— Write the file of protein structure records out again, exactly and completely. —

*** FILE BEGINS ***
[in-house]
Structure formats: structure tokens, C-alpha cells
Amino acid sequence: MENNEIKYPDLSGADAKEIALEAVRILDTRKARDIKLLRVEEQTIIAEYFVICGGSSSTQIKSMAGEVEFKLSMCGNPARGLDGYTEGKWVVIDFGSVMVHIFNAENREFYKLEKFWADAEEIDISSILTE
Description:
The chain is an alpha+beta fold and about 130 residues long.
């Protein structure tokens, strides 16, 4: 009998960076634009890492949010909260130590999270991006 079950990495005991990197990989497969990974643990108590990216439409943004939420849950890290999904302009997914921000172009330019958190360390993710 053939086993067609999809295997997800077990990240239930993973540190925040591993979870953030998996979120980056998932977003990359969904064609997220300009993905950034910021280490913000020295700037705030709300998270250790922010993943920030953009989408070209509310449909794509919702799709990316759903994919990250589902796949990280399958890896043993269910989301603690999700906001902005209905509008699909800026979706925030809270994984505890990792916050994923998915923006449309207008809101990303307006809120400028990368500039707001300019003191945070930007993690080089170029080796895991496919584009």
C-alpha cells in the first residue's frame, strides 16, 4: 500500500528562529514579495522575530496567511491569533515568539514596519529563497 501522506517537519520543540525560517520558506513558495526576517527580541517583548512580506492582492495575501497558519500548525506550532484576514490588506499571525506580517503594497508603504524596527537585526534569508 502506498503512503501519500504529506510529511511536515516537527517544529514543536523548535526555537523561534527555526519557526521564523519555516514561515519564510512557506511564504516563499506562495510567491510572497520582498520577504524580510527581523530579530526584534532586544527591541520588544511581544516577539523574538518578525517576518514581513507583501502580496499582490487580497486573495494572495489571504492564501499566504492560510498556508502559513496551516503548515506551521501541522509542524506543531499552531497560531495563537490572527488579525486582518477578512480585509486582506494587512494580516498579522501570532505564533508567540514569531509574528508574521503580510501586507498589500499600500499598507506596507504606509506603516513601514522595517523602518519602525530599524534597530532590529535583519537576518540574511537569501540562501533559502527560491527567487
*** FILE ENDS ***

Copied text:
[in-house]
Structure formats: structure tokens, C-alpha cells
Amino acid sequence: MENNEIKYPDLSGADAKEIALEAVRILDTRKARDIKLLRVEEQTIIAEYFVICGGSSSTQIKSMAGEVEFKLSMCGNPARGLDGYTEGKWVVIDFGSVMVHIFNAENREFYKLEKFWADAEEIDISSILTE
Description:
The chain is an alpha+beta fold and about 130 residues long.
């Protein structure tokens, strides 16, 4: 009998960076634009890492949010909260130590999270991006 079950990495005991990197990989497969990974643990108590990216439409943004939420849950890290999904302009997914921000172009330019958190360390993710 053939086993067609999809295997997800077990990240239930993973540190925040591993979870953030998996979120980056998932977003990359969904064609997220300009993905950034910021280490913000020295700037705030709300998270250790922010993943920030953009989408070209509310449909794509919702799709990316759903994919990250589902796949990280399958890896043993269910989301603690999700906001902005209905509008699909800026979706925030809270994984505890990792916050994923998915923006449309207008809101990303307006809120400028990368500039707001300019003191945070930007993690080089170029080796895991496919584009």
C-alpha cells in the first residue's frame, strides 16, 4: 500500500528562529514579495522575530496567511491569533515568539514596519529563497 501522506517537519520543540525560517520558506513558495526576517527580541517583548512580506492582492495575501497558519500548525506550532484576514490588506499571525506580517503594497508603504524596527537585526534569508 502506498503512503501519500504529506510529511511536515516537527517544529514543536523548535526555537523561534527555526519557526521564523519555516514561515519564510512557506511564504516563499506562495510567491510572497520582498520577504524580510527581523530579530526584534532586544527591541520588544511581544516577539523574538518578525517576518514581513507583501502580496499582490487580497486573495494572495489571504492564501499566504492560510498556508502559513496551516503548515506551521501541522509542524506543531499552531497560531495563537490572527488579525486582518477578512480585509486582506494587512494580516498579522501570532505564533508567540514569531509574528508574521503580510501586507498589500499600500499598507506596507504606509506603516513601514522595517523602518519602525530599524534597530532590529535583519537576518540574511537569501540562501533559502527560491527567487